Pope: Simple gestures, not superpowers, needed to start a revolution
IMAGE: CNS/Paul Haring
By Carol Glatz
VATICAN CITY (CNS) — All it takes is just one person carrying out one simple, loving act of mercy every day to start a revolution and stamp out the “virus of indifference,” Pope Francis said.
Sharing God’s mercy is not about expending a huge amount of effort or performing “superhuman” acts, he said during his general audience Oct. 12 in St. Peter’s Square.
Jesus showed with his words and deeds that it’s much simpler than that: It’s about making “small gestures that in his eyes, however, hold great value, so much so that he told us we will be judged upon these” actions, the pope said.
As he continued his series of talks about God’s mercy, the pope said he would begin looking at each one of the seven corporal and seven spiritual works of mercy in the following weeks.
The audience began with a reading from the Gospel of Matthew’s “Judgment of the Nations” (25: 31-46) in which Jesus tells his disciples they will be blessed with eternal life for helping the hungry, the thirsty, the stranger, the naked, the ill and the prisoner because “whatever you did for one of the least brothers of mine, you did for me.” Those who do not bother to help will “go off to eternal punishment.”
“Jesus is always present there where there is a need, a person who is in material or spiritual need,” the pope said.
Works of mercy are concrete ways to show mercy and be genuine witnesses of the faith, he said.
“I am convinced that through these simple daily gestures we can achieve a true cultural revolution,” the pope said, as he urged each and every person to carry out at least one work of mercy each day.
Be aware of simple, daily cries for help, he said, and don’t brush them off saying, “‘Oh, God will help you, I don’t have time.’ No. I stop. I listen. I waste time and I console.”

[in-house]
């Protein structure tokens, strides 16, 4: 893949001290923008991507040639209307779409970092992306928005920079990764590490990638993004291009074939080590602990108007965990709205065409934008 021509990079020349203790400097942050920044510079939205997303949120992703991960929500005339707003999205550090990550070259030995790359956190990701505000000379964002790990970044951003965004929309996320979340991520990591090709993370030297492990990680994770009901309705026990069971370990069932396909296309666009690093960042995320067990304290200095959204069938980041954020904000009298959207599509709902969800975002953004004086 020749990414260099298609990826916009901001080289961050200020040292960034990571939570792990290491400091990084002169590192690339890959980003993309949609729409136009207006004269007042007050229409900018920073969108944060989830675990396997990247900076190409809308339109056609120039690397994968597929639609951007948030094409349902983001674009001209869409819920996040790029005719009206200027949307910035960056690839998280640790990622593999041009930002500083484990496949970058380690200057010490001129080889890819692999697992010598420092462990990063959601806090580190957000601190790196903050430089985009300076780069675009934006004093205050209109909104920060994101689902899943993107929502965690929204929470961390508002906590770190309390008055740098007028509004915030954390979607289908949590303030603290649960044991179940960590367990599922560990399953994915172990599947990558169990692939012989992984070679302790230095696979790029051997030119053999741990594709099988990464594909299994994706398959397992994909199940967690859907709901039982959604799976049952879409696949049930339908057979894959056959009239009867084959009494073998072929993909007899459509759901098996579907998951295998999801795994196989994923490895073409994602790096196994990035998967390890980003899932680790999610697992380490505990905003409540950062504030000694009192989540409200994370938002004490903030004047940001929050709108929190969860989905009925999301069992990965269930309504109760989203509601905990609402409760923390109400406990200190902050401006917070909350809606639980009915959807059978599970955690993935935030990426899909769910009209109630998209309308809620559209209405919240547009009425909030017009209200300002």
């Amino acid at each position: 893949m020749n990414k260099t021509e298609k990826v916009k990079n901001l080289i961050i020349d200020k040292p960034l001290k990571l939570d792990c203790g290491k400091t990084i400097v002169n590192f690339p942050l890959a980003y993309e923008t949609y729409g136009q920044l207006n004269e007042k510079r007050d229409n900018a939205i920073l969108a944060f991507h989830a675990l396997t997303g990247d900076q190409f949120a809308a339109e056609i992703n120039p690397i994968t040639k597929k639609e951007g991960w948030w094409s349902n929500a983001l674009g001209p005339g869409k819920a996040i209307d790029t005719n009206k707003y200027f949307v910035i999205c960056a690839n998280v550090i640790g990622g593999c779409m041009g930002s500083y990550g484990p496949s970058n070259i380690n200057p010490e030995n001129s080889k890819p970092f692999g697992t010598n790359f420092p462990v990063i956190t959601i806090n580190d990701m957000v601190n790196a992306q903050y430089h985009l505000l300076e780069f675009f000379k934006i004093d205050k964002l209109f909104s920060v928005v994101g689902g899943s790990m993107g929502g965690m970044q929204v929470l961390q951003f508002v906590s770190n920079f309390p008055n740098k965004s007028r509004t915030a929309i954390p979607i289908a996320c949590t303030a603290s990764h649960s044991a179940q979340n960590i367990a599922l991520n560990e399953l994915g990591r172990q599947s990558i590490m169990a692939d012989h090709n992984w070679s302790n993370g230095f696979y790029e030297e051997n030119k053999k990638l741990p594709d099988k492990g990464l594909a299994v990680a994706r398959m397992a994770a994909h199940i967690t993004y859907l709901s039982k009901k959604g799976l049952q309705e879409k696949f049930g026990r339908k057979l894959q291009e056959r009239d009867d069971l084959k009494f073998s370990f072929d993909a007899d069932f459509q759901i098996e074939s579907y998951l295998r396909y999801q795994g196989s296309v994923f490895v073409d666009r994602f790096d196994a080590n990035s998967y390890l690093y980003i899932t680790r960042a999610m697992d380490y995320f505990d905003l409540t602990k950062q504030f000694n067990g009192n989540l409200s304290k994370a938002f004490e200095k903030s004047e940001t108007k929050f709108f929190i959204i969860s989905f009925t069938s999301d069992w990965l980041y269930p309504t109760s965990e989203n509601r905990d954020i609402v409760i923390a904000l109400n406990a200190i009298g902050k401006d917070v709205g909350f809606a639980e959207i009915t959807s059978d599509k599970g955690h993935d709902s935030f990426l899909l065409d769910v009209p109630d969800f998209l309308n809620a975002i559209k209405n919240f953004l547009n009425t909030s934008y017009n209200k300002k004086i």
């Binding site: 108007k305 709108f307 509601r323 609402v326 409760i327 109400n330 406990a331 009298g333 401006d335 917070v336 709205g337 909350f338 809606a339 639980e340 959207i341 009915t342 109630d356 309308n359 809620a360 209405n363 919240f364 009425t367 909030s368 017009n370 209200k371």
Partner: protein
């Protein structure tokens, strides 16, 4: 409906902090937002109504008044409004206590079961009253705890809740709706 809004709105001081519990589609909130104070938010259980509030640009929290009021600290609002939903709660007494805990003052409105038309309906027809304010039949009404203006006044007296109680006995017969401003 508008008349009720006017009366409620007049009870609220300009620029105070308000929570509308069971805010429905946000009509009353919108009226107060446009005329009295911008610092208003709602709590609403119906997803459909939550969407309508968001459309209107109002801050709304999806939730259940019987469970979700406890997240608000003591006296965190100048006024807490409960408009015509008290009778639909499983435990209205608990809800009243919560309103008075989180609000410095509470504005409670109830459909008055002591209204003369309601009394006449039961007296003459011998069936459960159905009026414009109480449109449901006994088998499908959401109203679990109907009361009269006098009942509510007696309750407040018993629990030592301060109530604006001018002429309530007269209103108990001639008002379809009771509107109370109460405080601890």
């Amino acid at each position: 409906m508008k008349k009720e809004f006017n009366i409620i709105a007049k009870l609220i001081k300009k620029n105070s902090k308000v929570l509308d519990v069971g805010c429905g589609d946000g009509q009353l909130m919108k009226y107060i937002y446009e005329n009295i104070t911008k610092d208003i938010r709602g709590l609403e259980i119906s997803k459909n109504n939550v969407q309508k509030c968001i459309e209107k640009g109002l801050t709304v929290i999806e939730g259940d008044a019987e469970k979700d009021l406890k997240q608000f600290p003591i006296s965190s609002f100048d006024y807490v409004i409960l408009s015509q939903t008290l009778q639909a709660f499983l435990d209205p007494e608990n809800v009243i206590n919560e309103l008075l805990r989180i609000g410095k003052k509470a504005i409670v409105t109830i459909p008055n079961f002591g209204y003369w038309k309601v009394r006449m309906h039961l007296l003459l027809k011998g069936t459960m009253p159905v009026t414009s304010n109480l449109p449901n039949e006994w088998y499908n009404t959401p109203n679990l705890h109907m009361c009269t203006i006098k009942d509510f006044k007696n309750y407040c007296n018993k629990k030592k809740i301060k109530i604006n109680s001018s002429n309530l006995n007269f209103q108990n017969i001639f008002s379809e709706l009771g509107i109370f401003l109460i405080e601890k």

“This is a gesture of mercy and is done not just for (the person in need) but for Jesus,” he said.
So many saints are remembered not for their grand achievements, the pope said, but for their modest, loving ways.
When people think of St. Teresa of Kolkata, for example, they don’t think about the many homes she ran, but rather the way she embraced an abandoned child, kneeled before a homeless person or accompanied the dying by holding their hand.
But a person does not have to go as a missionary to a far-off land to help, the pope said. “Often it is those who are closest to us who need our help.”
“We don’t have to go seeking who-knows-what challenge” to tackle, he said; it’s better to start with the simplest things, which, the Lord shows, are often the most urgent.
“In a world unfortunately hit by the virus of indifference, the works of mercy are the best antidote,” and they draw people’s attention to the importance of meeting people’s most basic needs, he said.
Pope Francis recalled St. Augustine’s words: “I fear Jesus passing by,” and how it reflects the human tendency to often be distracted or indifferent so that “when the Lord passes by, we lose the opportunity to encounter him.”
“Let us learn once more by heart the corporal and spiritual works of mercy and let us ask the Lord to help us put them into practice every day,” the pope said.
The spiritual works of mercy are: counsel the doubtful; instruct the ignorant; convert the sinner; comfort the sorrowful; forgive offenses willingly; bear wrongs patiently; and pray for the living and the dead.
The corporal works of mercy are: feed the hungry; give drink to the thirsty; clothe the naked; visit the imprisoned; shelter the homeless; visit the sick; and bury the dead.
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